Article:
Brisbane fashion designer Yiota Kouzoukas is preparing to give birth. Her first baby is due at the end of January.
The thing is… She doesn’t look like it. Posting a picture of her nine-month tummy to Instagram, the co-owner of Sabo Skirt hardly appears to be carrying at all.
Before the wrath of the internet descends in the tumble of questions and accusations that so often occurs with anything pregnancy related, there is a very real, very difficult reason behind the size of her baby belly.
“For the first four months of my pregnancy, my uterus was retroverted which means that I was growing backwards into my body rather than outwards,” Yiota, 29, told Femail.
This phenomenon occurs in women who have a ‘tipped uterus’, according to AmericanPregnancy.org, where instead of being in a straight vertical position the uterus is tipped backwards towards the back of the pelvis.
In some cases, women are born with the the anatomical anomaly, AmericanPregnancy.org explains. In others, previous childbirths can affect the ligaments anchoring the uterus and cause it to tilt. Finally, it can be a result of scarring caused by endometriosis – a painful disorder in which the tissue that normally lines the uterus, grows outside of it, also.
“Most people with this type of uterus tilt forward at around 12 weeks and continue growing outwards like you normally would,” Yiota told Femail.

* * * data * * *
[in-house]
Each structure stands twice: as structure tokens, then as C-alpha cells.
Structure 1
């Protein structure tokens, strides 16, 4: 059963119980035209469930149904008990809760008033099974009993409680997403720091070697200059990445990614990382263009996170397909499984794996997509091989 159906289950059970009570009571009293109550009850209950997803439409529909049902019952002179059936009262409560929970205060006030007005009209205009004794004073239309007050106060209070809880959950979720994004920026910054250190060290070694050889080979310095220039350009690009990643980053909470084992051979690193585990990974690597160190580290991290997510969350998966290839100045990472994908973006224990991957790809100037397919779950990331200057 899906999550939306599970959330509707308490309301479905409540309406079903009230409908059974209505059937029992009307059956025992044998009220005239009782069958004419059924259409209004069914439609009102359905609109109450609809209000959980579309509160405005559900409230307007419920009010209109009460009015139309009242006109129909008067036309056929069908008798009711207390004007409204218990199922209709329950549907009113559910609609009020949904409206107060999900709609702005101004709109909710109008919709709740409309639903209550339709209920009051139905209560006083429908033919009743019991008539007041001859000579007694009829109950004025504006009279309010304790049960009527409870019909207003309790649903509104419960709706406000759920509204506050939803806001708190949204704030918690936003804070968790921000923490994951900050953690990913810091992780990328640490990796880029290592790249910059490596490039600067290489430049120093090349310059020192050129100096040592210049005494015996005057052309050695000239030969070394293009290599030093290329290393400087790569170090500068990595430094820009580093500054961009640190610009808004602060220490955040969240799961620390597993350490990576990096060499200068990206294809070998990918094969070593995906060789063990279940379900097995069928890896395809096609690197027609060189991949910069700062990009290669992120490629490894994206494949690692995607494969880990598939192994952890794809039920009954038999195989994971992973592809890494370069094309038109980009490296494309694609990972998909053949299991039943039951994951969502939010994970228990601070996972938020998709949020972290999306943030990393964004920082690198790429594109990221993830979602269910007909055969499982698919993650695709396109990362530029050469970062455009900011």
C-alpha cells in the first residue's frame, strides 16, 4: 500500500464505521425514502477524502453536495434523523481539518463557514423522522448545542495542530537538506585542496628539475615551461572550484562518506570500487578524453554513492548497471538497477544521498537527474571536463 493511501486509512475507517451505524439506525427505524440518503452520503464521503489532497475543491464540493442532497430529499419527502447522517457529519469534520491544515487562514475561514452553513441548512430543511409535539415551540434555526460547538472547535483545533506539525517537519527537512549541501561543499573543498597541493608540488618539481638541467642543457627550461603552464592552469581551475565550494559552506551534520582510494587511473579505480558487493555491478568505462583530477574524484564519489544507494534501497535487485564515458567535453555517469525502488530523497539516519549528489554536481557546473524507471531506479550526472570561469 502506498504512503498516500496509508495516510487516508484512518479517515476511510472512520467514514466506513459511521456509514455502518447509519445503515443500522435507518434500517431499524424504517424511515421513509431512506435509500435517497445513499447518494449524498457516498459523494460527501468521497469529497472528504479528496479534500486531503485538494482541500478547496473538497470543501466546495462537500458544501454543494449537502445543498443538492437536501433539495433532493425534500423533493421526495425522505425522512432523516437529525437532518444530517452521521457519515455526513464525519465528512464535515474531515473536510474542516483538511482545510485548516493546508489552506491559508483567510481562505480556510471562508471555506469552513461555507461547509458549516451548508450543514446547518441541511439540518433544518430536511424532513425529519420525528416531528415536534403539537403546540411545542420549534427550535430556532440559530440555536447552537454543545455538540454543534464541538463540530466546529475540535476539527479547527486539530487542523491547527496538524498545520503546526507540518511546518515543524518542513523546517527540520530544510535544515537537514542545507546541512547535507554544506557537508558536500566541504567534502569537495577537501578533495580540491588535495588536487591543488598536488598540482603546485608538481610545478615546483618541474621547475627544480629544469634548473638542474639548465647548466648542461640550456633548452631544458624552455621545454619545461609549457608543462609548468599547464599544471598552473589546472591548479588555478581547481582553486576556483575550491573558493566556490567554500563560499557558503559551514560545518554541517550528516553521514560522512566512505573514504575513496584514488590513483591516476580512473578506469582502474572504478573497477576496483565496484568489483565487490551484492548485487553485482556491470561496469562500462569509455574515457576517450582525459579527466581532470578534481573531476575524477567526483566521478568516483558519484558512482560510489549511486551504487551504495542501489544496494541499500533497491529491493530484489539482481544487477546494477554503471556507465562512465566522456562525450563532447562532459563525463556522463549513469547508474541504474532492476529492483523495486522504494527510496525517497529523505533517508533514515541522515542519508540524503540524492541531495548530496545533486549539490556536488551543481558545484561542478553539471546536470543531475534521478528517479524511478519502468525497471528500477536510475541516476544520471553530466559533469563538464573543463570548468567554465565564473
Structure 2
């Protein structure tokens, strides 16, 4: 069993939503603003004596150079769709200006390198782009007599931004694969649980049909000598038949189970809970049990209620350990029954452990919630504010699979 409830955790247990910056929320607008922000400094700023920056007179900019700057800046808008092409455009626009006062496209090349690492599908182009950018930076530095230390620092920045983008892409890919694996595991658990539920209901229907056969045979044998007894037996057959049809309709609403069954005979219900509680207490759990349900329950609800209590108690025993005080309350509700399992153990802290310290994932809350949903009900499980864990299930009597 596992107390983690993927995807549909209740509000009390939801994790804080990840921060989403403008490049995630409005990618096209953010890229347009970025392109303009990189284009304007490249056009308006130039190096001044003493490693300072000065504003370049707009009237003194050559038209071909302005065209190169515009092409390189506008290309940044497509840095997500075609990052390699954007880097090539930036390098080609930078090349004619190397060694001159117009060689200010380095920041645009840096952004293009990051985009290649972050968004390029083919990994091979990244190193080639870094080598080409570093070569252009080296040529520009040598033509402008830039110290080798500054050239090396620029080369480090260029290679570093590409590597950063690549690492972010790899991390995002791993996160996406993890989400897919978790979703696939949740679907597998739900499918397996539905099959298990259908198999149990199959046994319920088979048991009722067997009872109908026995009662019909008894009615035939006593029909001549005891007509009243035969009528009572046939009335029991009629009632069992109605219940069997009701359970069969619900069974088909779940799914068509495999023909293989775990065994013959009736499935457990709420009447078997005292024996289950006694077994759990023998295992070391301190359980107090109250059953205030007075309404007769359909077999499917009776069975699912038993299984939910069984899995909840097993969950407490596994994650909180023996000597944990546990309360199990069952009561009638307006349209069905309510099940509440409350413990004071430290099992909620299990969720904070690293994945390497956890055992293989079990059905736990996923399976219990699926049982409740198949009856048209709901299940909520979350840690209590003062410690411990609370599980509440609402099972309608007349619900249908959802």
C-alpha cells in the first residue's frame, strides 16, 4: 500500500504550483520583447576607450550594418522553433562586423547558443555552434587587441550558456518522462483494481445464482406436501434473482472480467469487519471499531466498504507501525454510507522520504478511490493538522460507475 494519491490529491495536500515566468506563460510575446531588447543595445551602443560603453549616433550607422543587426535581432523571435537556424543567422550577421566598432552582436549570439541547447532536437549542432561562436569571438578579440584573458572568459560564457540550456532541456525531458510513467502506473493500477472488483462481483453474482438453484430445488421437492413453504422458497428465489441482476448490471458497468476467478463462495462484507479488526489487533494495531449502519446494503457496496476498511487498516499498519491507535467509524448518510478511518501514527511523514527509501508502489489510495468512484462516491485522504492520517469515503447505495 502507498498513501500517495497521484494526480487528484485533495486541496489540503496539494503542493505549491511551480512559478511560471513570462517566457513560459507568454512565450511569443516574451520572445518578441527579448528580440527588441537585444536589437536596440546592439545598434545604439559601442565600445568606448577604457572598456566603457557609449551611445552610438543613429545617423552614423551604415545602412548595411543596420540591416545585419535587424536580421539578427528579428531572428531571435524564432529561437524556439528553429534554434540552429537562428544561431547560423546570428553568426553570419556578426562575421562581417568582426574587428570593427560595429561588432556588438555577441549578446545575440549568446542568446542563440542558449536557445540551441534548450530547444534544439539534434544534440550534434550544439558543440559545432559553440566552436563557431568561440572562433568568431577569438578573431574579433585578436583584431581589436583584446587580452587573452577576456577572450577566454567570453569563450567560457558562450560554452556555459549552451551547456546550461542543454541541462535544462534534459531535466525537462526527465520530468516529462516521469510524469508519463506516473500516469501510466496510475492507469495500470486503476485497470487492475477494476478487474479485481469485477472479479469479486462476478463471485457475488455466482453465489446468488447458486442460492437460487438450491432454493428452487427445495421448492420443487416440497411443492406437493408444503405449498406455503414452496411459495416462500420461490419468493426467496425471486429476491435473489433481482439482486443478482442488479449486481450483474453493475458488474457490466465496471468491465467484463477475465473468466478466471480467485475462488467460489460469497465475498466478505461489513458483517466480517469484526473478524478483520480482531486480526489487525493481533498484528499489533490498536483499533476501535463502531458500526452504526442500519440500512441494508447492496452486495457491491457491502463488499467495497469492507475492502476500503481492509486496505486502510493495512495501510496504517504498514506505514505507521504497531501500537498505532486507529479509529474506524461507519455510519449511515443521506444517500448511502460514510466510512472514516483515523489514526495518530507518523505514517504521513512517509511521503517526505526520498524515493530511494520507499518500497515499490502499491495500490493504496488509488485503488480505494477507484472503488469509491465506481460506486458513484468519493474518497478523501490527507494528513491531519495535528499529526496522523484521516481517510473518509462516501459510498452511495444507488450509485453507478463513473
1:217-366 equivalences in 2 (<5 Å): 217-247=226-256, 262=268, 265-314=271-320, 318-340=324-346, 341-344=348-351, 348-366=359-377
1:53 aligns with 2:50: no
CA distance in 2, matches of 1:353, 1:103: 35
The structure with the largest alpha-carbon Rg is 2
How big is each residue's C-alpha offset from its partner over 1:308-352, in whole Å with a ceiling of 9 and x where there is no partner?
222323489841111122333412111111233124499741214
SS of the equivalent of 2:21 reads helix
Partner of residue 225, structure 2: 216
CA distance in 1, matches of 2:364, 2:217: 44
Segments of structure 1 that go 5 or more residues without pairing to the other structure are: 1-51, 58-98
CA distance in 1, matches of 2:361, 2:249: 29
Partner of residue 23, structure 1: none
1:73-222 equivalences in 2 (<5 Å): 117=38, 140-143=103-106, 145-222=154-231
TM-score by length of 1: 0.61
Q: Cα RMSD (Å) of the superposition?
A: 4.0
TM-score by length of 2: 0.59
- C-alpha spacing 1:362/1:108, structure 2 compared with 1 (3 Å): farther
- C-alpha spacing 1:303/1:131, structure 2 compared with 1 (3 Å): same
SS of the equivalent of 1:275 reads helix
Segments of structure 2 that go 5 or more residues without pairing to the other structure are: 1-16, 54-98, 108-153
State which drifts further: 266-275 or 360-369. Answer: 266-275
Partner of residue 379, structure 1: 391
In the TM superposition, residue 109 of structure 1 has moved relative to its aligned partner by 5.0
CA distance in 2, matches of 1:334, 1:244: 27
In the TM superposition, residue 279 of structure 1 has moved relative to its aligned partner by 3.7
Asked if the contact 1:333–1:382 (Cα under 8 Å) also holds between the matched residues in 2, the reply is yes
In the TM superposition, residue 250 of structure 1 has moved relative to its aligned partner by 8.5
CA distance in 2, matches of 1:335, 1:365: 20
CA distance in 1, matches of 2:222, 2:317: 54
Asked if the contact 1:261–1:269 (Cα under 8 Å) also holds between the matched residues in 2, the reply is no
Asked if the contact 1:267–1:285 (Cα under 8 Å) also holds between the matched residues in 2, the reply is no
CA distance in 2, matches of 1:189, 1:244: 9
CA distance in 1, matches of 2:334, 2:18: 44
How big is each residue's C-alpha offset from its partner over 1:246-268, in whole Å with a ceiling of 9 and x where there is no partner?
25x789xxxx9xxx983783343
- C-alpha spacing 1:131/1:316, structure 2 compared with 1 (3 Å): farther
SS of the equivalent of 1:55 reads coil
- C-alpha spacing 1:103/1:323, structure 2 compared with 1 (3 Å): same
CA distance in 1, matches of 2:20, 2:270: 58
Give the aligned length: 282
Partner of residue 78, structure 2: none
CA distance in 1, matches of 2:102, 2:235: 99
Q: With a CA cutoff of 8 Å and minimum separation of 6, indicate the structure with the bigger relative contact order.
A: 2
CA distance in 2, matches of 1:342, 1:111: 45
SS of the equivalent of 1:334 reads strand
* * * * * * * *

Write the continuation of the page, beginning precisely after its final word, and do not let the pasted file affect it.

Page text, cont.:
LISTEN: Mia Freedman speaks to her cousin Syl, about an endometriosis diagnosis that turned her into a warrior for other women. Post continues after audio.
“My uterus didn’t ‘flip forward’ until well into being four months pregnant because of the backwards tilted position paired with decade old endometriosis scarring that I have on my uterosacral ligaments.”
“Basically, these ligaments are acting like anchors keeping my uterus ‘inside’ rather than ‘outside’, which is why I appeared smaller than most people for the first four or five months.”
The symptoms of endometriosis, according to Dr Marcin Stankiewicz, who wrote for Mamamia in April last year:
- Period pain before and during a period
- Pain during or after sexual intercourse
- Abdominal, back and/or pelvic pain outside of menstruation
- Painful bowel movements or urination
- Abdominal pain at the time of ovulation
- Heavy or irregular bleeding with or without clots
- Premenstrual spotting
- Extreme tiredness
- Difficulty falling pregnant
Kouzoukas is sharing her story to help raise awareness. The condition affects one-in-ten Australian women, Dr Stankiewicz says, but takes an average of seven years to be diagnosed, HuffPost reports.
“We wanted to raise awareness about the condition. It’s important to get support. Endometriosis does leave people feeling isolated,” Kouzoukas said.
“Be proactive, speaking to your doctor will make a big difference. I wish I’d seen one earlier. I was in denial for so long but it’s better to know earlier than later.”